Also much sweet: Male dies from taking in luggage of black licorice

Health professionals say a Massachusetts design worker’s really like of black licorice wound up costing him his life

A Massachusetts construction worker’s adore of black licorice wound up costing him his life. Having a bag and a half just about every working day for a few weeks threw his vitamins out of whack and triggered the 54-year-old man’s coronary heart to stop, physicians noted Wednesday.

“Even a smaller volume of licorice you eat can maximize your blood pressure a very little bit,” said Dr. Neel Butala, a cardiologist at Massachusetts Normal Medical center who explained the circumstance in the New England Journal of Medication.

Taking in as small as 2 ounces of black licorice a day for two months could result in a heart rhythm trouble, particularly for folks above 40, the U.S. Meals and Drug Administration warns.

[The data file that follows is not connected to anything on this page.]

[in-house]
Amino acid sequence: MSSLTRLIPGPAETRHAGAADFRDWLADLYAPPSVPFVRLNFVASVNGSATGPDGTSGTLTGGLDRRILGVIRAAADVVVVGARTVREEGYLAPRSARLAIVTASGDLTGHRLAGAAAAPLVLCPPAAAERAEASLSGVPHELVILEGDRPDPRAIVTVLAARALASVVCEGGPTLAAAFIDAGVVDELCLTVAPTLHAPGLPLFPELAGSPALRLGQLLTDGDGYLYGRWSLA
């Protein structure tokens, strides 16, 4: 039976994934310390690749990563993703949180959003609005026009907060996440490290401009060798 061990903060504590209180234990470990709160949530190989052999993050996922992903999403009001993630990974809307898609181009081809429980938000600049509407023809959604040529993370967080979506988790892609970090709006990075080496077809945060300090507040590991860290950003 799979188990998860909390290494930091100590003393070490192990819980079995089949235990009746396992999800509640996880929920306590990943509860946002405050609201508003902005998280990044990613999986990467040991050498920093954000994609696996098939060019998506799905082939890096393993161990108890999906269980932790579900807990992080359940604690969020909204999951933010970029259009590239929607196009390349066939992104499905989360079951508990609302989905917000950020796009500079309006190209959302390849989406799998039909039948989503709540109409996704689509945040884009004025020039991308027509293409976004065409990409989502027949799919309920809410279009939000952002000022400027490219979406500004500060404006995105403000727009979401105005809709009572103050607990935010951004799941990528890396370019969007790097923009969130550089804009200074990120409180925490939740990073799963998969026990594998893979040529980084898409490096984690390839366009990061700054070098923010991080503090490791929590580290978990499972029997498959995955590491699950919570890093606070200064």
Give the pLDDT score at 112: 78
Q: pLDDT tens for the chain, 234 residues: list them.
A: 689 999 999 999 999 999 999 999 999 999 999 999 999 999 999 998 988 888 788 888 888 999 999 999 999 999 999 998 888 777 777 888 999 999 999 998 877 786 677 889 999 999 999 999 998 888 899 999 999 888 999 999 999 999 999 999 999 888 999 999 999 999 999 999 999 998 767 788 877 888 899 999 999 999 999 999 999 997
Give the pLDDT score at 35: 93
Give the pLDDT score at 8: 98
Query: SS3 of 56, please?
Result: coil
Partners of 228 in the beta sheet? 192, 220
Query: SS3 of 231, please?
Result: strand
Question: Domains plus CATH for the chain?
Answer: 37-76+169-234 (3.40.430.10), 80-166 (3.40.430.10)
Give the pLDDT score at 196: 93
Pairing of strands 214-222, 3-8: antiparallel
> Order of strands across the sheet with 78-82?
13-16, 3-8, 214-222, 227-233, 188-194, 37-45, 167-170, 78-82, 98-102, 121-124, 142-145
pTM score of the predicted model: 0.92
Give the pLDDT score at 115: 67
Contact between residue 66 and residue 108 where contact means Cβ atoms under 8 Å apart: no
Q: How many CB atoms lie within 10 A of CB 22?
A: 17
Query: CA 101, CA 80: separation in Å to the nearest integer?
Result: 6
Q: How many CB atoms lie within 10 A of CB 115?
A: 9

“It’s much more than licorice sticks. It could be jelly beans, licorice teas, a whole lot of things more than the counter. Even some beers, like Belgian beers, have this compound in it,” as do some chewing tobaccos, explained Dr. Robert Eckel, a College of Colorado cardiologist and previous American Heart Association president. He experienced no purpose in the Massachusetts man’s treatment.

The demise was clearly an serious scenario. The gentleman experienced switched from red, fruit-flavored twists to the black licorice model of the sweet a several months in advance of his loss of life very last year. He collapsed while possessing lunch at a quickly-foodstuff restaurant. Medical doctors found he experienced dangerously minimal potassium, which led to coronary heart rhythm and other issues. Emergency responders did CPR and he revived but died the next working day.

Jeff Beckman, a spokesman for the Hershey Firm, which helps make the well-liked Twizzlers licorice twists, stated in an email that “all of our items are secure to eat and formulated in whole compliance with Fda regulations,” and that all foodstuff, such as sweet, “should be loved in moderation.”


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